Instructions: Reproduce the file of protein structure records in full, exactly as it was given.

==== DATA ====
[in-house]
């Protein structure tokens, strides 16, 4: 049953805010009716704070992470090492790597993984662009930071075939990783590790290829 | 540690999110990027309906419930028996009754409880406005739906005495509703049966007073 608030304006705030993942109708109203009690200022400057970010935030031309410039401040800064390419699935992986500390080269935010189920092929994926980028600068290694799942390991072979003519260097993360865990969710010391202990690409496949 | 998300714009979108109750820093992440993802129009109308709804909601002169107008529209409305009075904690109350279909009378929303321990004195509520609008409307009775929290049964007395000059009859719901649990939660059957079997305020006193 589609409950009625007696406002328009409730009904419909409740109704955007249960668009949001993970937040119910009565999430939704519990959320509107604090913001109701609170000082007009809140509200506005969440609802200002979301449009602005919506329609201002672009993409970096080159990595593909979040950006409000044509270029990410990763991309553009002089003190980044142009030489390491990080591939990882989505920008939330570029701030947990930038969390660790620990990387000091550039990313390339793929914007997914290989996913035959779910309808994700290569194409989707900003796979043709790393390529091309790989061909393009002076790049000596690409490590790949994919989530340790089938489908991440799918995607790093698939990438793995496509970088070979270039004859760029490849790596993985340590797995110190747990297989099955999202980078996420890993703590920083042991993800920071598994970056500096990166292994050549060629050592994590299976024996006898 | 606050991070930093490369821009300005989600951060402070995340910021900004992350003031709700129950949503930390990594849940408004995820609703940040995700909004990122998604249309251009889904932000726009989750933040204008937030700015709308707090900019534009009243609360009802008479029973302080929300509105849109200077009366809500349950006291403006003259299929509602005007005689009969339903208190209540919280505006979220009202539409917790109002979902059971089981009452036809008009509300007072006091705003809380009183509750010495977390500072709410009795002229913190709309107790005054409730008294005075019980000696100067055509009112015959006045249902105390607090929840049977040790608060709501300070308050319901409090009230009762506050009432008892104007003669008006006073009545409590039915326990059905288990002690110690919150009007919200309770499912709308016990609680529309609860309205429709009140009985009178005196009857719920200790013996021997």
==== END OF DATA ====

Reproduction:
[in-house]
């Protein structure tokens, strides 16, 4: 049953805010009716704070992470090492790597993984662009930071075939990783590790290829 | 540690999110990027309906419930028996009754409880406005739906005495509703049966007073 608030304006705030993942109708109203009690200022400057970010935030031309410039401040800064390419699935992986500390080269935010189920092929994926980028600068290694799942390991072979003519260097993360865990969710010391202990690409496949 | 998300714009979108109750820093992440993802129009109308709804909601002169107008529209409305009075904690109350279909009378929303321990004195509520609008409307009775929290049964007395000059009859719901649990939660059957079997305020006193 589609409950009625007696406002328009409730009904419909409740109704955007249960668009949001993970937040119910009565999430939704519990959320509107604090913001109701609170000082007009809140509200506005969440609802200002979301449009602005919506329609201002672009993409970096080159990595593909979040950006409000044509270029990410990763991309553009002089003190980044142009030489390491990080591939990882989505920008939330570029701030947990930038969390660790620990990387000091550039990313390339793929914007997914290989996913035959779910309808994700290569194409989707900003796979043709790393390529091309790989061909393009002076790049000596690409490590790949994919989530340790089938489908991440799918995607790093698939990438793995496509970088070979270039004859760029490849790596993985340590797995110190747990297989099955999202980078996420890993703590920083042991993800920071598994970056500096990166292994050549060629050592994590299976024996006898 | 606050991070930093490369821009300005989600951060402070995340910021900004992350003031709700129950949503930390990594849940408004995820609703940040995700909004990122998604249309251009889904932000726009989750933040204008937030700015709308707090900019534009009243609360009802008479029973302080929300509105849109200077009366809500349950006291403006003259299929509602005007005689009969339903208190209540919280505006979220009202539409917790109002979902059971089981009452036809008009509300007072006091705003809380009183509750010495977390500072709410009795002229913190709309107790005054409730008294005075019980000696100067055509009112015959006045249902105390607090929840049977040790608060709501300070308050319901409090009230009762506050009432008892104007003669008006006073009545409590039915326990059905288990002690110690919150009007919200309770499912709308016990609680529309609860309205429709009140009985009178005196009857719920200790013996021997």